2. Live Transcribe

If Live Caption transcripts the audio of the device, Live Transcribe does the same with the sounds of the world around you. For instance, it can help by live transcribing the dialogs of a movie or from a radio broadcast, although it seems primarily intended for face to face communication. 

We tried it with several audios, both in English (USA) and Spanish (Spain) and, in general, results are quite acceptable. In our experience, works better in English than in Spanish. Accuracy is highly dependant on the intonation and speed of the speaker. We got inferior results with strong accents and fast speakers. Therefore, it seems more suited as an aid for face to face conversation in which we can show to screen to our interlocutor so that she can adapt her speed and intonation to improve the quality of the transcription.

Live Transcribe is available as an installable app which also works for versions below Android 10. 

live transcribe screenshot featuring some recognised words.jpg

 

3. Sound Amplifier

Sound Amplifier is provided as an app and it is available for devices with Android 6.0 and later. According to its description, it can filter background noise and tune the audio to improve hearing in loud environments and boost quiet sounds.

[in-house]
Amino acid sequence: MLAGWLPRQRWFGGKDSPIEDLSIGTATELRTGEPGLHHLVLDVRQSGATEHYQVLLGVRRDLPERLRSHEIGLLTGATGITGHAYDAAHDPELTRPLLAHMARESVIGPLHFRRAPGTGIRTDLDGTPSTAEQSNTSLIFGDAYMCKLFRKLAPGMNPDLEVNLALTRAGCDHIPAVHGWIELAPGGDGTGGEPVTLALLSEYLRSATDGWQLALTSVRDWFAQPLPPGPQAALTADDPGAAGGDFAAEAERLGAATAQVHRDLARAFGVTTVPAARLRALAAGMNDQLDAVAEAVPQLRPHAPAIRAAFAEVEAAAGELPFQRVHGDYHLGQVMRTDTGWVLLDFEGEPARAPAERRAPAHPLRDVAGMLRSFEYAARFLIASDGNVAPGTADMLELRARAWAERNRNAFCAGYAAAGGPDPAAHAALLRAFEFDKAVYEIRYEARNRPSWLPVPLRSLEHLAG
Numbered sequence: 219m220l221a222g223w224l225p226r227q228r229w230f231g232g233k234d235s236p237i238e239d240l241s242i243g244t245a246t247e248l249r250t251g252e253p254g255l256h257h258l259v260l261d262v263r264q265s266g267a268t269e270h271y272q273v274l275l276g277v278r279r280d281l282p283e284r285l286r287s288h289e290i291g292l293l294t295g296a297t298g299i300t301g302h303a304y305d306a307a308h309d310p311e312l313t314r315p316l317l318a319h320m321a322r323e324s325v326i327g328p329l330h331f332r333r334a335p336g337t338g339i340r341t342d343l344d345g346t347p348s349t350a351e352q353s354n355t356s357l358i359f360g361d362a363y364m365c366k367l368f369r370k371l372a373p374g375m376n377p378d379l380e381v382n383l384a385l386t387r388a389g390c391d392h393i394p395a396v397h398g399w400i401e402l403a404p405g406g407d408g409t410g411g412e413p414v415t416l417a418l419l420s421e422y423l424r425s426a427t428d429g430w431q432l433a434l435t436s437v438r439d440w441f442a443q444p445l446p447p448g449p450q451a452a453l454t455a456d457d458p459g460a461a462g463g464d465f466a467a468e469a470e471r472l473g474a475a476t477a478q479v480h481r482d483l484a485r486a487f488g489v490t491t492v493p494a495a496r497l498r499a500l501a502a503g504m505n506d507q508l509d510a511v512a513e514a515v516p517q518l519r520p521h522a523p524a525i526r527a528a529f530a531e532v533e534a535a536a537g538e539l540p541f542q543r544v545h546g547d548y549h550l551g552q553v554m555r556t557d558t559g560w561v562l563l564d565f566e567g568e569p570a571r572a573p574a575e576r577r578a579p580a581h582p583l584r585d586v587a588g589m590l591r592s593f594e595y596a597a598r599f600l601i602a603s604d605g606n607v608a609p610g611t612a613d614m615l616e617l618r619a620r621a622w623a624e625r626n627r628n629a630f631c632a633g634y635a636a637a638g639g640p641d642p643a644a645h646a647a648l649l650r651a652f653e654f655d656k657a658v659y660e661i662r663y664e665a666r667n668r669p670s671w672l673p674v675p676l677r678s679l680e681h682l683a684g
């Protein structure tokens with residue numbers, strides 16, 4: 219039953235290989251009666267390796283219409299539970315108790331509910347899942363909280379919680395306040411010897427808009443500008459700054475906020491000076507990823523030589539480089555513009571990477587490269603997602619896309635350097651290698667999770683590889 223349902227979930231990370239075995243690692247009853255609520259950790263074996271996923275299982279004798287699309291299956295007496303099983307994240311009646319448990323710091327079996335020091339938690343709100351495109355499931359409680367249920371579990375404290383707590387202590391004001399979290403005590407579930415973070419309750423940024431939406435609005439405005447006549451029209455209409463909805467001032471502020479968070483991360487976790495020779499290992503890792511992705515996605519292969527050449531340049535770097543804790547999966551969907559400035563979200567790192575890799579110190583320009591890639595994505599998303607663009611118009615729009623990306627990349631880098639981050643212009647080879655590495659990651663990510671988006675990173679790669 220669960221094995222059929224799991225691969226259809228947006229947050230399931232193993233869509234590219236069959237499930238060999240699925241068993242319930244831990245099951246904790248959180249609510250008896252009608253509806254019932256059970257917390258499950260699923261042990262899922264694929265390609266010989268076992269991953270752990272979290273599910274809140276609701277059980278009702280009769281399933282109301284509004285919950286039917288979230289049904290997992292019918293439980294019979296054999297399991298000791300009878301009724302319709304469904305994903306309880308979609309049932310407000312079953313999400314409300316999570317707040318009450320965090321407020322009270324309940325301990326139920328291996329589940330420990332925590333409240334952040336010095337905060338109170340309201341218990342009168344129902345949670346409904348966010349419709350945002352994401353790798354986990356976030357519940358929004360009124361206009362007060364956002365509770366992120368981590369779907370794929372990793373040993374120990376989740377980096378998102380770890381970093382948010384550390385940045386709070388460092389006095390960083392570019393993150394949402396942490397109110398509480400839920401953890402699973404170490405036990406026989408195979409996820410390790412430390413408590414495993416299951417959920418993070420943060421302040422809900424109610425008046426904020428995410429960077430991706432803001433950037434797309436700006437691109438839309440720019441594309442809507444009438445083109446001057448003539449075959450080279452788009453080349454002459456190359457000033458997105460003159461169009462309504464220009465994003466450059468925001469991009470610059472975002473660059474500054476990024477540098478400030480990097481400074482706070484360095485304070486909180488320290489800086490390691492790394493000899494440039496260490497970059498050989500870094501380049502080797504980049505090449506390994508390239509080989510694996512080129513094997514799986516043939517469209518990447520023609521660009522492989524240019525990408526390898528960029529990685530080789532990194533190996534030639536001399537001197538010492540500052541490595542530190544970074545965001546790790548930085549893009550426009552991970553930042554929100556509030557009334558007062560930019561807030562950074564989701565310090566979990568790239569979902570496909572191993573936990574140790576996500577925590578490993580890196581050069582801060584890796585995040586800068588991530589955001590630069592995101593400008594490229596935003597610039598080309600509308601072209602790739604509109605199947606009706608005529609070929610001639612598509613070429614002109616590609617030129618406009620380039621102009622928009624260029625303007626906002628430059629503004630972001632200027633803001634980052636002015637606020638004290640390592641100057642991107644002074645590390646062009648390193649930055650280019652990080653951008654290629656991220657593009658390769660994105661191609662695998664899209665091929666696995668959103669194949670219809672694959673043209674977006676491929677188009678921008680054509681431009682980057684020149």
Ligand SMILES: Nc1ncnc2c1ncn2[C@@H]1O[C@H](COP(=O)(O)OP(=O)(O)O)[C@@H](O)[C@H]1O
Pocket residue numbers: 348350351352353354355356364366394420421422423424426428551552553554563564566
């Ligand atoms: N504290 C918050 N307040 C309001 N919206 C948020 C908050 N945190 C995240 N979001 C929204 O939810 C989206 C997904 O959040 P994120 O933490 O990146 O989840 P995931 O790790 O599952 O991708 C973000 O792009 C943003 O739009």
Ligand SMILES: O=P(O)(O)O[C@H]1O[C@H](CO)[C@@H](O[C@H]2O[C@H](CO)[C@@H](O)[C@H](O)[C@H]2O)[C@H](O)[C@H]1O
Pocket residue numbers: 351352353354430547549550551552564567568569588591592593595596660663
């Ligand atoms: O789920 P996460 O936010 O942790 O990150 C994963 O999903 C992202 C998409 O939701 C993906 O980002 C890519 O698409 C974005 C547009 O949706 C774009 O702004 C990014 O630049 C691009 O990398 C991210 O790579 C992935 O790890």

It requires wired headphones, either standard jack or USB based. At the time of writing, Bluetooth headsets are not supported, according to Google staff comments on Play Store: “Bluetooth wasn't intended to support very low latency use cases”.

sound amplifier app screenshot

 

4. Hearing aid support

The idea of directly streaming audio to a hearing aid is not new. In fact, since iOS 7, launched back in 2013, Apple started offering the Made for iPhone hearing aid program

Back in 2018 Google announced in its blog a specification for Audio Streaming for Hearing Aids (ASHA) which now has built-in support in Android 10